Lizzie’s impotent rage at her newly co-dependent reality, exacerbated by close proximity to her overbearing mother, manifests itself in Fred’s antics, which only she can see. Cates’ performance as the stunted womanchild turns on a dime from deeply moving to outright slapstick. Unable to release the anger inside herself, Lizzie becomes a “helpless” instrument of a fabricated person’s id, her body the physical manifestation of Fred’s chaos, whose anarchic antics run from interrupting serious conversations to raining spaghetti upon adjacent diners at an upscale restaurant. This literal pliability belies an emotional amorphousness that quite neatly explains her limited adult relationships. It’s telling that Lizzie refuses to find inspiration in the free-wheeling life of her sole adult friend, Janie—a sexy, boat-residing Carrie Fisher, whose floating bachelorette pad falls victim to Fred’s unhinged mischief. 

Periodic flashbacks to Lizzie’s unhappy childhood draws a painful throughline from Fred’s appearance to her parents’ divorce, which ultimately causes the sudden absence of her imaginary friend. Traumatic moments in the past have a direct corollary in her unstable present, slowly revealing a bitter, contentious rivalry between mother and daughter. Having exhausted her limited repertoire (denial, condescension, even a makeover), Mrs. Cronin calls in the nuclear option: dragging her grown daughter to a child psychologist specializing in the “invisible friend condition.” To Lizzie’s credit, she makes a valiant effort: showing off her “womanly” figure in form-fitting suits and clumsily confronting her husband’s mistress at a very grown-up “wine gala.” Her desire to shed these old habits comes from a place of genuine need. Unmoored from the safe harbor of a traditional adult life, Lizzie’s future is reduced to one of two poles: empty heteronormative consumption or unbridled, toddler-like impulse. In true fairytale fashion, redemption finds her in the form of a man es machina: a chance encounter with a newly-divorced childhood pal offers an escape from mother’s grip and a fresh start with a kind soul.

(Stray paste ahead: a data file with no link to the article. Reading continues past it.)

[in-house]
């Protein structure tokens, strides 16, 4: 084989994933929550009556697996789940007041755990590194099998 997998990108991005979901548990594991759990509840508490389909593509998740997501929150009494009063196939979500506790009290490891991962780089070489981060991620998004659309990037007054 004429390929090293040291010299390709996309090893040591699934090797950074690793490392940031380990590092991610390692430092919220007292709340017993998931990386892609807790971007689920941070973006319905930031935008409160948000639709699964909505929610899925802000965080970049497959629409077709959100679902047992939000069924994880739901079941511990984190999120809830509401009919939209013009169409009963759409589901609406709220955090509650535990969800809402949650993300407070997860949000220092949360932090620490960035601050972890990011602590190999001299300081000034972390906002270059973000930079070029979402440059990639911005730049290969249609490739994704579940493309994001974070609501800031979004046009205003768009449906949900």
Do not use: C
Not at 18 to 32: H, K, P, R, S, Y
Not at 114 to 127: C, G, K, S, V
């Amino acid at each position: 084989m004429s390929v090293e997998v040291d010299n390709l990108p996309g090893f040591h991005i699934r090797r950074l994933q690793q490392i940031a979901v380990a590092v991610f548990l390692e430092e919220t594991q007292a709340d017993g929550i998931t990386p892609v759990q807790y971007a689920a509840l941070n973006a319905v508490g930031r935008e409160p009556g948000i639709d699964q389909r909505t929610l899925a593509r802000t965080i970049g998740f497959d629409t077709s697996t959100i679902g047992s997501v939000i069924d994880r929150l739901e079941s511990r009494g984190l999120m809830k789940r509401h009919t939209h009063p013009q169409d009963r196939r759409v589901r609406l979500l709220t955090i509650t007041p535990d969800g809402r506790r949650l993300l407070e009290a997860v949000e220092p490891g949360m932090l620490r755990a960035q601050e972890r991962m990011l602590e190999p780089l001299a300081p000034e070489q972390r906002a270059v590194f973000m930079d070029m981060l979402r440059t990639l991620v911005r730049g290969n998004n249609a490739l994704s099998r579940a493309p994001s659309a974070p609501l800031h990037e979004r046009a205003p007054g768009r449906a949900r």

Thoroughly panned upon its release, this occasionally overwrought and slightly cloying adult fairytale succeeds in spite of its dimestore psychoanalysis and fixation on the scatalogical. In one especially heart-wrenching scene, Lizzie is “Yellow Wallpaper”-ed back to girlhood, ensconced in the womb-like folds of a princess-pink bedspread, while her neurotic mother slips antipsychotics into a very grown-up dinner of steamed broccoli. Mrs. Cronin is determined to destroy Drop Dead Fred at any cost, even at the expense of Lizzie’s identity, by breaking down her daughter’s autonomy and rebuilding it as a carbon copy of herself. Poop and barf jokes aside, Lizzie’s infantilization is the film’s true perversion. Powerful forces in this world—cruel and petty parents, pill-pushing psychaitrists, duplicitous spouses, and unsympathetic bosses—need the vulnerable in order to feel valuable. But let's not forget the Lizzies among us, bedeviled by heartbreak and loss, who learn to love themselves the hard way.

Drop Dead Free is available to stream for free (with ads) on Tubi. It's also available to rent or purchase on Amazon Prime, YouTube, Apple TV, Vudu, Google Play, and Redbox.

Caroline Golum is a filmmaker and writer living in Brooklyn, NY. She is a contributing editor and occasional podcast guest for Screen Slate. Her debut feature, "A Feast of Man" is streaming on Amazon Prime, Vimeo, and Tubi. Her second feature, "Revelations of Divine Love," is in post-production. You can follow her on Twitter @carolineavenue.